Classical Athens

The city of Athens (Ancient Greek: Ἀθῆναι, Athênai [a.tʰɛ̂ː.nai̯]; Modern Greek: Αθήναι Athine [a.ˈθi.ne̞] or, more commonly and in singular, Αθήνα Athina [a.'θi.na]) during the classical period of Ancient Greece (480–323 BC) was the major urban center of the notable polis (city-state) of the same name, located in Attica, Greece, leading the Delian League in the Peloponnesian War against Sparta and the Peloponnesian League. Athenian democracy was established in 508 BC under Cleisthenes following the tyranny of Isagoras. This system remained remarkably stable, and with a few brief interruptions remained in place for 180 years, until 322 BC (aftermath of Lamian War). The peak of Athenian hegemony was achieved in the 440s to 430s BC, known as the Age of Pericles.

In the classical period, Athens was a center for the arts, learning and philosophy, home of Plato's Akademia and Aristotle's Lyceum, Athens was also the birthplace of Socrates, Plato, Pericles, Aristophanes, Sophocles, and many other prominent philosophers, writers and politicians of the ancient world. It is widely referred to as the cradle of Western Civilization, and the birthplace of democracy, largely due to the impact of its cultural and political achievements during the 5th and 4th centuries BC on the rest of the then-known European continent.


Colonus may refer to:

Colonus (person), a tenant farmer from the late Roman Empire and Early Middle Ages

Colonus (spider), a genus of jumping spiders

Kolonos, a modern neighborhood in Athens

Hippeios Colonus, an ancient deme near Athens

Agoraios Kolonos, a hill near the Temple of Hephaestus

Kolonos Hill, a hill in Central Greece

Doric order

The Doric order was one of the three orders of ancient Greek and later Roman architecture; the other two canonical orders were the Ionic and the Corinthian. The Doric is most easily recognized by the simple circular capitals at the top of columns. Originating in the western Dorian region of Greece, it is the earliest and in its essence the simplest of the orders, though still with complex details in the entablature above.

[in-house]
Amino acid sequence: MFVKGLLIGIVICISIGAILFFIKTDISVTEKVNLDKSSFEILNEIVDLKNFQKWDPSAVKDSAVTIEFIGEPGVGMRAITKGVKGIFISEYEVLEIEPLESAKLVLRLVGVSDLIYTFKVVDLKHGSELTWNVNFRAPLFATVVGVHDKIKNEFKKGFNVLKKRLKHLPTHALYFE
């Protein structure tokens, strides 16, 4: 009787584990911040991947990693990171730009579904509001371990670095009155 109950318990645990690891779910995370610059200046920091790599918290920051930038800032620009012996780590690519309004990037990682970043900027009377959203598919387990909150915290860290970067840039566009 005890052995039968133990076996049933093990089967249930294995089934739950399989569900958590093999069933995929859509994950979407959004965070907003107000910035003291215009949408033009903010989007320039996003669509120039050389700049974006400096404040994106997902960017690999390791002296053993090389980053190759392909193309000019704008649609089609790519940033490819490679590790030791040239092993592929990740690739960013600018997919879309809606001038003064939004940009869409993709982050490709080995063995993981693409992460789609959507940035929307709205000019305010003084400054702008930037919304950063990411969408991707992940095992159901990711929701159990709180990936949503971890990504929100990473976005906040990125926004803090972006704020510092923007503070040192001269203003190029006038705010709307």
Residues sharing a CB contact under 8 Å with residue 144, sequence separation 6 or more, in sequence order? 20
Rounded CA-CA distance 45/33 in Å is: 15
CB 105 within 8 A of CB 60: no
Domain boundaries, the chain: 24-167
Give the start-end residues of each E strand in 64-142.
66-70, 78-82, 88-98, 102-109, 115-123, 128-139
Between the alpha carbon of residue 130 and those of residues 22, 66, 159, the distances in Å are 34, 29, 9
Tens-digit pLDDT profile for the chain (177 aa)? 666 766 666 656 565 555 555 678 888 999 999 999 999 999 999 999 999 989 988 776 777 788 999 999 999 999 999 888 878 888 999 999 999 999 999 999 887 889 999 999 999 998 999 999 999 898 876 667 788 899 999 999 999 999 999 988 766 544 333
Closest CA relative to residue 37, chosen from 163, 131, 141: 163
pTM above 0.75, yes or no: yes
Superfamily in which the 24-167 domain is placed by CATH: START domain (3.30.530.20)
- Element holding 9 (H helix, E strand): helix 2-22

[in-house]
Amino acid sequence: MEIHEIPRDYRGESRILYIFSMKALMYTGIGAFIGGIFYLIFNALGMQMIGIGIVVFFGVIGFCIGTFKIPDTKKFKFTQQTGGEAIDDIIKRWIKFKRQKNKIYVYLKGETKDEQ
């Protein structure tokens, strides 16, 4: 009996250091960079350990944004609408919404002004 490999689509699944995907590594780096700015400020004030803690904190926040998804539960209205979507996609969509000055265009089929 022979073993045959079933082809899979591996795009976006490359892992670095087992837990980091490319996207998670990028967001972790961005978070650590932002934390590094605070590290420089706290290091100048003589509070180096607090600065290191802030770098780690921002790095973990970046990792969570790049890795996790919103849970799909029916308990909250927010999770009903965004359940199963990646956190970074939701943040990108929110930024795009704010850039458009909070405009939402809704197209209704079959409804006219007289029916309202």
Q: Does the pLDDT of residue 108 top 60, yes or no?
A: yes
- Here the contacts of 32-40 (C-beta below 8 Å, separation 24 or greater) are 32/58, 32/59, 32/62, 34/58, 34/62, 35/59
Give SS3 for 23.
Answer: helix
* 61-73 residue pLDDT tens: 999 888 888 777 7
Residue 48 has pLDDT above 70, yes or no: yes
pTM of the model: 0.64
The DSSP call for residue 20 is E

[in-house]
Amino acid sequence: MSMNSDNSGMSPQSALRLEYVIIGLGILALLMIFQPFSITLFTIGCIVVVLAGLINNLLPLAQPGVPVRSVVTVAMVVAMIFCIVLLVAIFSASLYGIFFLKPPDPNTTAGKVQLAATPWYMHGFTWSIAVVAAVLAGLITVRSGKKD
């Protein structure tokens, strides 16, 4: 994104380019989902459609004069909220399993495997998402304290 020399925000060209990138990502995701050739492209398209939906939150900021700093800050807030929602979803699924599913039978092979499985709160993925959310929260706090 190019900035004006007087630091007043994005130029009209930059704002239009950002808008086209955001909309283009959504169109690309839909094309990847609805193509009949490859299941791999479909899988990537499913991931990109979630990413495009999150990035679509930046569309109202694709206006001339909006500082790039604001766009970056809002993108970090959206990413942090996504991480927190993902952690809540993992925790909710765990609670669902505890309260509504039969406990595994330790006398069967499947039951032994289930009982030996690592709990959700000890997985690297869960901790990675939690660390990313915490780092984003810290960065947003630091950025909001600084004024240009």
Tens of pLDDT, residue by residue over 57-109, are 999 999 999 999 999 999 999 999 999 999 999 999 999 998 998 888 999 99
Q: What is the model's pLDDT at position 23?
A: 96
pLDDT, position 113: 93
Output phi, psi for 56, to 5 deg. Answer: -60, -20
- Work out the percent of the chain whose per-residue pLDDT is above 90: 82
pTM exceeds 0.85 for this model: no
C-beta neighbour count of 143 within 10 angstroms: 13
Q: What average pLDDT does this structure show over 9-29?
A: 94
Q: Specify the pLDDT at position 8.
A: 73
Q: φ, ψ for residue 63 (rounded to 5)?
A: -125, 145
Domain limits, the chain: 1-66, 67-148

The Greek Doric column was fluted or smooth-surfaced, and had no base, dropping straight into the stylobate or platform on which the temple or other building stood. The capital was a simple circular form, with some mouldings, under a square cushion that is very wide in early versions, but later more restrained. Above a plain architrave, the complexity comes in the frieze, where the two features originally unique to the Doric, the triglyph and guttae, are skeuomorphic memories of the beams and retaining pegs of the wooden constructions that preceded stone Doric temples. In stone they are purely ornamental.

The relatively uncommon Roman and Renaissance Doric retained these, and often introduced thin layers of moulding or further ornament, as well as often using plain columns. More often they used versions of the Tuscan order, elaborated for nationalistic reasons by Italian Renaissance writers, which is in effect a simplified Doric, with un-fluted columns and a simpler entablature with no triglyphs or guttae. The Doric order was much used in Greek Revival architecture from the 18th century onwards; often earlier Greek versions were used, with wider columns and no bases to them.

Since at least Vitruvius it has been customary for writers to associate the Doric with masculine virtues (the Ionic representing the feminine). It is also normally the cheapest of the orders to use. When the three orders are used one above the other, it is usual for the Doric to be at the bottom, with the Ionic and then the Corinthian above, and the Doric, as "strongest", is often used on the ground floor below another order in the storey above.


In architecture the frieze is the wide central section part of an entablature and may be plain in the Ionic or Doric order, or decorated with bas-reliefs. Even when neither columns nor pilasters are expressed, on an astylar wall it lies upon the architrave ('main beam') and is capped by the moldings of the cornice. A frieze can be found on many Greek and Roman buildings, the Parthenon Frieze being the most famous, and perhaps the most elaborate. This style is typical for the Persians.

In interiors, the frieze of a room is the section of wall above the picture rail and under the crown moldings or cornice. By extension, a frieze is a long stretch of painted, sculpted or even calligraphic decoration in such a position, normally above eye-level. Frieze decorations may depict scenes in a sequence of discrete panels. The material of which the frieze is made of may be plasterwork, carved wood or other decorative medium.In an example of an architectural frieze on the façade of a building, the octagonal Tower of the Winds in the Roman agora at Athens bears relief sculptures of the eight winds on its frieze.